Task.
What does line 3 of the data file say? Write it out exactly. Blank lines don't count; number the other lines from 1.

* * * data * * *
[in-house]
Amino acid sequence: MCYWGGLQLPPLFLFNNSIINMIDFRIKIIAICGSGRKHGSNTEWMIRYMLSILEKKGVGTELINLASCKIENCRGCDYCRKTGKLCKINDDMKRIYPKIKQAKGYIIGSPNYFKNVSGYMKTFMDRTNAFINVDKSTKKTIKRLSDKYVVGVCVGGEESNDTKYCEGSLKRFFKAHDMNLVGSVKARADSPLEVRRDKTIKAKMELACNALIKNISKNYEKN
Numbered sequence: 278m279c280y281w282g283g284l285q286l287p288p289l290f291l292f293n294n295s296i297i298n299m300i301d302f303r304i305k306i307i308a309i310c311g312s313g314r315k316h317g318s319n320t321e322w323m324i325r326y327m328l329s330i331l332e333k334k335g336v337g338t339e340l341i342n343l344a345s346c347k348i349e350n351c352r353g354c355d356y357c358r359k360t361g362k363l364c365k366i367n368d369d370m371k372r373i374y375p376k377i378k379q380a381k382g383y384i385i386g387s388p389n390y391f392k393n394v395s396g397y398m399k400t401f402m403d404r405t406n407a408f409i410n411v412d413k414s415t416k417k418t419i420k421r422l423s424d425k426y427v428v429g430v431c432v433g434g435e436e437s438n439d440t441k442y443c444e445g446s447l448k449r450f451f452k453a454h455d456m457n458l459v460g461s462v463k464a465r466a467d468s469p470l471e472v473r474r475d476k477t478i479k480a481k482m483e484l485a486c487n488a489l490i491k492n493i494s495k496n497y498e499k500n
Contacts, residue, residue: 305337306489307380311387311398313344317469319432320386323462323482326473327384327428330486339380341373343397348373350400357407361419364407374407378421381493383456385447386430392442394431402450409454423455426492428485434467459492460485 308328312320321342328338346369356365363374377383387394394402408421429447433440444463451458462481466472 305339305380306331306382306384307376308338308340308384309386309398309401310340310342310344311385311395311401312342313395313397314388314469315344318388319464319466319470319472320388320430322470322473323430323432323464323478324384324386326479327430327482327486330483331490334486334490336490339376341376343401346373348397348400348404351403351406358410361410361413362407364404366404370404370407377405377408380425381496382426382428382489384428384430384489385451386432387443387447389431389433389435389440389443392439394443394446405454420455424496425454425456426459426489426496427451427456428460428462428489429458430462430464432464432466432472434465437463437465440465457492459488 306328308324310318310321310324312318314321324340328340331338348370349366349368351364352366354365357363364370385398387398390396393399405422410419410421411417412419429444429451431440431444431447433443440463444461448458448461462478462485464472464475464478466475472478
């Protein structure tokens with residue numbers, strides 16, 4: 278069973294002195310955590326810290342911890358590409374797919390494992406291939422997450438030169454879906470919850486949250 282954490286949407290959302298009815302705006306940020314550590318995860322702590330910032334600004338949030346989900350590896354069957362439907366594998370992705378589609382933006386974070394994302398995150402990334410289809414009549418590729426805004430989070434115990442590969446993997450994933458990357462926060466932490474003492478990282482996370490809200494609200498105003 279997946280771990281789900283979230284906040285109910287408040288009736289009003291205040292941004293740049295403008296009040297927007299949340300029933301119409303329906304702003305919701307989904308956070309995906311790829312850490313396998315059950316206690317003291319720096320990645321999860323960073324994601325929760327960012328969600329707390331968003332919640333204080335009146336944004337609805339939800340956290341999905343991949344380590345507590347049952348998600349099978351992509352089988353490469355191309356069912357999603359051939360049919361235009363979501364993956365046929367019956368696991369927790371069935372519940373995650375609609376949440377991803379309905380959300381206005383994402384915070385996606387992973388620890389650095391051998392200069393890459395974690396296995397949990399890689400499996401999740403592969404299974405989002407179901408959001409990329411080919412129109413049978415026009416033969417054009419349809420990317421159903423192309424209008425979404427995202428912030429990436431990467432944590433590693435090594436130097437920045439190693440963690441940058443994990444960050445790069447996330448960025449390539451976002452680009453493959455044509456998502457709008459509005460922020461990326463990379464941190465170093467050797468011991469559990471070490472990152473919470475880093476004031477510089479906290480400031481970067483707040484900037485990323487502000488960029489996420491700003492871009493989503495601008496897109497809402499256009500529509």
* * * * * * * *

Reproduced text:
Numbered sequence: 278m279c280y281w282g283g284l285q286l287p288p289l290f291l292f293n294n295s296i297i298n299m300i301d302f303r304i305k306i307i308a309i310c311g312s313g314r315k316h317g318s319n320t321e322w323m324i325r326y327m328l329s330i331l332e333k334k335g336v337g338t339e340l341i342n343l344a345s346c347k348i349e350n351c352r353g354c355d356y357c358r359k360t361g362k363l364c365k366i367n368d369d370m371k372r373i374y375p376k377i378k379q380a381k382g383y384i385i386g387s388p389n390y391f392k393n394v395s396g397y398m399k400t401f402m403d404r405t406n407a408f409i410n411v412d413k414s415t416k417k418t419i420k421r422l423s424d425k426y427v428v429g430v431c432v433g434g435e436e437s438n439d440t441k442y443c444e445g446s447l448k449r450f451f452k453a454h455d456m457n458l459v460g461s462v463k464a465r466a467d468s469p470l471e472v473r474r475d476k477t478i479k480a481k482m483e484l485a486c487n488a489l490i491k492n493i494s495k496n497y498e499k500n